22 Oct 2017

1797 - The modern world's first parachute jump

Two-hundred and twenty years ago today, on 22 October 1797, pioneering balloonist André-Jacques Garnerin became the modern world's first successful parachutist.

Born on 31 January 1769 in Paris, France, Garnerin reportedly first came up with the concept of a parachute whilst a prisoner in a Hungarian prison during the French Revolution – he was looking for a means of escape.

He never got to try it out in prison, but the idea never left him. In fact his passion for the air and ballooning only increased his desire to experiment.

An early adopter and student of ballooning, he worked on many designs and ideas for hot air balloons, and was eventually appointed Official Aeronaut of France.

In 1797 he finally got to complete his first parachute jump. However, it was a very different concept from today's idea of a parachute. Instead of a nylon mattress shaped parachute packed in a bag and attached to his back with a harness, he developed a 7m-wide parachute that folded up like an umbrella, using rigid ribs in an envelope of silk.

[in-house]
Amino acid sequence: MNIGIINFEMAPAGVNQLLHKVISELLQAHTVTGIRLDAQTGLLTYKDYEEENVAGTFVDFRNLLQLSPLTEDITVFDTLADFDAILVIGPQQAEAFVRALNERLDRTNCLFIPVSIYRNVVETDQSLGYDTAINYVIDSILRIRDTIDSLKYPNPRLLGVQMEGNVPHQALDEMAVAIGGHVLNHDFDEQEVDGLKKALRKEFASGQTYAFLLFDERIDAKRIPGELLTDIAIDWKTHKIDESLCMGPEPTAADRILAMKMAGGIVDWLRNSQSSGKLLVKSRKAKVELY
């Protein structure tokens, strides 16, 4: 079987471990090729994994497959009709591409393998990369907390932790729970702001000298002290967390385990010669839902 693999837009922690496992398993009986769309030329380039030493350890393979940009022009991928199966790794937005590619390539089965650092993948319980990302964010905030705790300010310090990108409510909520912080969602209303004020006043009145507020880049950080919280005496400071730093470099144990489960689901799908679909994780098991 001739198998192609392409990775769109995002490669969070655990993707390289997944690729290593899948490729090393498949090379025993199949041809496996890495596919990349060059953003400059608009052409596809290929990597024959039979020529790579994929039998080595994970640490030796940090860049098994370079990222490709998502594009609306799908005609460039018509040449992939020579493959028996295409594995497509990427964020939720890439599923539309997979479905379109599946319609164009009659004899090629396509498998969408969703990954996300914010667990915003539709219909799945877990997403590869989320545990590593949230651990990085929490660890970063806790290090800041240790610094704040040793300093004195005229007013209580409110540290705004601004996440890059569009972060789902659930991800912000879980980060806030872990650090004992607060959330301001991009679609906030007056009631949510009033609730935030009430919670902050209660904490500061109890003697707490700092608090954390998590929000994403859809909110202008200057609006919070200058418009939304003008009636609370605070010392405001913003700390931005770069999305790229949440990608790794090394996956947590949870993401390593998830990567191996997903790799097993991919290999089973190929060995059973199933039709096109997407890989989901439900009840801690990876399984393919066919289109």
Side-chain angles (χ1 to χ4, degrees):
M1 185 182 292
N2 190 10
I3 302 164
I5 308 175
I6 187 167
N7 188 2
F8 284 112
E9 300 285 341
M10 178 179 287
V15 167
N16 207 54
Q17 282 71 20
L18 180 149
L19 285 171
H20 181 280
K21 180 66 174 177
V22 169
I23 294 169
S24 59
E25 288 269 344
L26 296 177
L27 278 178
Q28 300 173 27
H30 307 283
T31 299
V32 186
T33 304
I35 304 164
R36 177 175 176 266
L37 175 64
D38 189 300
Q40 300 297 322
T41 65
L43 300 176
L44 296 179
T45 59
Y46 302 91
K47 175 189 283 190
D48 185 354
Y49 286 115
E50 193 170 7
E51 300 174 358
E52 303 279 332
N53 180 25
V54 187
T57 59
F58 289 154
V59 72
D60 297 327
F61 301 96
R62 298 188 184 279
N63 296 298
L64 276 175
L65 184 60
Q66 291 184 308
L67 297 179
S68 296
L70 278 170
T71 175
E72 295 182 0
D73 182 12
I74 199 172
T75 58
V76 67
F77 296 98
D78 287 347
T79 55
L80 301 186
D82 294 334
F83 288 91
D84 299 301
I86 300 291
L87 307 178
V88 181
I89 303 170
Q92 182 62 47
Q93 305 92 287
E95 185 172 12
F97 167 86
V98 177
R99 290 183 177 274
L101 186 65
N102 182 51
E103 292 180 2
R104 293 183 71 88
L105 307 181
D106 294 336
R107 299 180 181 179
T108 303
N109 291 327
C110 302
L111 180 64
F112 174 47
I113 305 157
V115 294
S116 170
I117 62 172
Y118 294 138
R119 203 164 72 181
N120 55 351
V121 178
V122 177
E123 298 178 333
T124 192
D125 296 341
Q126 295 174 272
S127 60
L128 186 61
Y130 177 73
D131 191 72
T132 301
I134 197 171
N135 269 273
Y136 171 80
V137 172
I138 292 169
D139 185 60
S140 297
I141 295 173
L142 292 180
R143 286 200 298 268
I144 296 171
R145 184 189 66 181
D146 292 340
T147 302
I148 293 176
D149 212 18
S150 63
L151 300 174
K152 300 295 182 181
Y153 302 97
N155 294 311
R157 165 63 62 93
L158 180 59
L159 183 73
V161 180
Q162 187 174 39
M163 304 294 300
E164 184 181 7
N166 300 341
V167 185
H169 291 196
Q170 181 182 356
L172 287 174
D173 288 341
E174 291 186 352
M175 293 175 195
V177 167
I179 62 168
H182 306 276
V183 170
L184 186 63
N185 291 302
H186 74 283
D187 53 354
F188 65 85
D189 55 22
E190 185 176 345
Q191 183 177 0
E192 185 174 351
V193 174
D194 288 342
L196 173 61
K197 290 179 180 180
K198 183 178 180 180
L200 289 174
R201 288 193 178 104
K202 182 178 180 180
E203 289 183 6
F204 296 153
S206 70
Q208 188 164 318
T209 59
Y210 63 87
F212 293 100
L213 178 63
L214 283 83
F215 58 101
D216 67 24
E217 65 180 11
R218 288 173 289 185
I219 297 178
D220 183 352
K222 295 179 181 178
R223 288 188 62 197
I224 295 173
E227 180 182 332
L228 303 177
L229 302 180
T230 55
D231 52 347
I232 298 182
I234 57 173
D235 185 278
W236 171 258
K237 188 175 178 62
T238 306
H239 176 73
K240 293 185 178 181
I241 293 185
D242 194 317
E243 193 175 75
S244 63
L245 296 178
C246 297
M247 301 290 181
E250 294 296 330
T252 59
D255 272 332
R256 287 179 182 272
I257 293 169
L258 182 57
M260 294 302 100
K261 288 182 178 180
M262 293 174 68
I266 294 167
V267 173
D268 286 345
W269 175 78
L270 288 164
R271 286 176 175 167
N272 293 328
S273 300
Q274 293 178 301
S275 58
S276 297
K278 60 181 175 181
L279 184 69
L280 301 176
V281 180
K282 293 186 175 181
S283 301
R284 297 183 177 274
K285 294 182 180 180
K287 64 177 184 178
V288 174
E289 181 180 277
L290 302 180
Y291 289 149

Below the parachute he attached a basket, similar to ballooning baskets of today.

Then, he attached the whole lot to hot air balloon. He rose to an altitude of 3,000ft above the ground hanging below the balloon in his wicker basket, the parachute folded like an umbrella above him.

At that height he severed the cord that held them together. Falling, the canopy opened, took his weight, and slowly descended to the ground. However, there was not that much, if any, control. The parachute reportedly suffered from a severe pendulum effect, caused by air spilling out from beneath it in an uncontrolled way, and his landing was heavy.

However, he was not put off and he went on to complete a further 200 parachute jumps, including one in England from 8,000ft.

Garnerin's wife, Jeanne Genevieve Garnerin (1775-1847) also became the first woman to make a parachute jump. She jumped from 3,000ft (900m) on 12 October 1799.

Garnerin died early – but not from parachuting. He was killed in a construction accident on 18 August 1823.

It took almost 100 years for parachutes to develop a serious purpose, when they were used in World War 1 to allow soldiers to escape from observation balloons, although there are records of many Edwardian stunt acts that used similar parachutes at show grounds and festival gatherings.

After the 2nd World War the sport of parachuting as we know it today began to develop and in 1951 the FAI welcomed Parachuting into its family and the first records were set and World Championships held.  

Today, there are an estimated 100,000 active skydivers in the world, and many tens of thousands of one-off solo and tandem jumps are completed safely every year.